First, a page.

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High Notes and Low

By Phyllis C. Richman
Washington Post Staff Writer
Sunday, September 13, 1998

  Richman Review

Turning Tables
Restaurateurs have learned to accommodate diners' individual needs: Now nearly everyone offers vegetarian options, decaf coffee, dressing on the side. Greenwood at Cleveland Park, though, ran into trouble recently when a diner ordered the salmon entree and explained she was highly allergic to garlic. The salmon and its tamale would be safe for her, the waiter said, but the squash accompaniment was seasoned with garlic. Could she have a different vegetable? she asked. No; the restaurant has a policy forbidding substitutions. So the diner requested the salmon and tamale without the squash.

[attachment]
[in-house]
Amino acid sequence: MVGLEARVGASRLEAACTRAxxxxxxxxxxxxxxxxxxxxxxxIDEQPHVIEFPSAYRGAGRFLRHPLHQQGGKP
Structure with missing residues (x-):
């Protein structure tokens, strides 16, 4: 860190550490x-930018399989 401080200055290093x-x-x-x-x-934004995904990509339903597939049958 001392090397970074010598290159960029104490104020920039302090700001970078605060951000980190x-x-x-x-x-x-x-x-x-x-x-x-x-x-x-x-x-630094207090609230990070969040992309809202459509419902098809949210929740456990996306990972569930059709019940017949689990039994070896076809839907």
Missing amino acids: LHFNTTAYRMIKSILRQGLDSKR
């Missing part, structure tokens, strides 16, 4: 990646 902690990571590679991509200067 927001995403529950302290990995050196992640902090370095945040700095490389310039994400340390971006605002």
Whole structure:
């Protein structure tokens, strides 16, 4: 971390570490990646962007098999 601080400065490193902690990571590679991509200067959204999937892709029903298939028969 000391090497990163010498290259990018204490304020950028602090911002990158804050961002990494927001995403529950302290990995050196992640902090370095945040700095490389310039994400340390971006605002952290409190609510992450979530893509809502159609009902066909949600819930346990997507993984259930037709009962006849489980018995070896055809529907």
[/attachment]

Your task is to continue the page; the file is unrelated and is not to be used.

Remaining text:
It was a busy night, and the kitchen slipped up. The plate arrived not only with the squash, but garnished with a whole head of roasted garlic. When the diner called over maitre d' David Lynch, he explained that chef Carole Greenwood "believes in the integrity of the presentation." When interviewed later, Lynch said that the diner had simply gotten the wrong plate. He added, however, "In very polite words I told her that this was not the correct restaurant for her, because garlic is already in most of the items." She got the point.
– P.C.R.

Imagine the Hard Rock Cafe in black tie, Planet Hollywood in slinky black satin. BET on Jazz, despite its souvenir shop at the front entrance, is a full-dress supper club, drawing an all-out decorative crowd.